It’s in the name: reading the nuclear agreement as a shift in power in favor of Europe

P5+1 or EU3+3?
Initially referred to as P5+1, especially by the US, the name used about the Iran nuclear negotiations signaled that this was an agreement with all the permanent members of the Security Council plus Germany on the same side, trying to reach a deal with Iran. The British, however, have for a long time referred to the negotiations as EU3+3, signaling something significantly different- the European countries plus EU on one side, and the US, China and Russia on the other side. This is a detail, and an important one. It signals a divided interest, where Europe sees itself as one party, with its own interests against the other parties to the deal. In the end Europe got its will. The final text of the agreement consistently refers to E3/EU+3.
What does this imply? Setting aside the nuclear issue which is what the agreement explicitly deals with, the agreement is at the same time a deal between the great powers about the balance of power in the region and beyond. Consider the parties: China, Russia, the US, the UK, Germany, France and the EU. All powerful actors, and all historically and presently in tension with each other, not just in the Middle East but also in countries such as Ukraine, Syria, and Israel/Palestine. While the deal establishes a certain order between these actors, particularly between the US and Europe, it also establishes a power balance in Europe’s favor. Europe is not only more strongly represented in the deal – with three independent members (Germany, the UK and France), but the EU as a union has performed the important role as facilitator for the negotiations and for the final deal. It will particularly be interesting to see what this implies for the relationship between the US and Europe, considering that the Middle East has long been a source of transatlantic tension between them about both policy and influence. During the Cold War the common red enemy and the American hegemony in the region left little space for tensions to have significant consequences.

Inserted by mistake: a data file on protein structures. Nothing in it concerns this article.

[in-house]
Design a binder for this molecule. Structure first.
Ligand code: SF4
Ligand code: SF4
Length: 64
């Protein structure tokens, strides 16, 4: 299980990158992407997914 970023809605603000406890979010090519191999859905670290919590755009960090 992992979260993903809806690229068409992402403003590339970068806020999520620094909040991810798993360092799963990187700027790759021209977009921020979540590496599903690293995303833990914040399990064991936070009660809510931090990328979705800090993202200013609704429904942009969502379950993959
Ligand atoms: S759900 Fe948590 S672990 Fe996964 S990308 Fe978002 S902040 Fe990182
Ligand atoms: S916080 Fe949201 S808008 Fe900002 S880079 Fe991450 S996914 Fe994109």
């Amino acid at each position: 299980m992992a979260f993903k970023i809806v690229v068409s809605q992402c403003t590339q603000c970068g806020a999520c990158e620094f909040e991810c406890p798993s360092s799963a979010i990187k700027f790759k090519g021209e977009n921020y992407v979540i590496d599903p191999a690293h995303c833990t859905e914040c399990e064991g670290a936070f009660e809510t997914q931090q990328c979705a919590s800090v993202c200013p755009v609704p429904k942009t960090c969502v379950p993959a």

With the fall of the Berlin Wall Europe has made a comeback in the region. Not only did the end of the Cold War mark an end to the US’ hegemony in the region, it also created a void to be filled- and this void has for a while now been dominated by an anarchy-like tension between all powers who are also parties to this deal. Europe now seems to succeed in its aspirations as a superpower. This has partly to do with the EU itself, which has put more emphasis on the union’s geopolitical aspirations beyond Europe. The catastrophic failure in Iraq has also had the US acknowledge and invite European involvement in the region. It remains to be seen how this involvement will play out, and how the differences within the EU will influence its policy making in the region.

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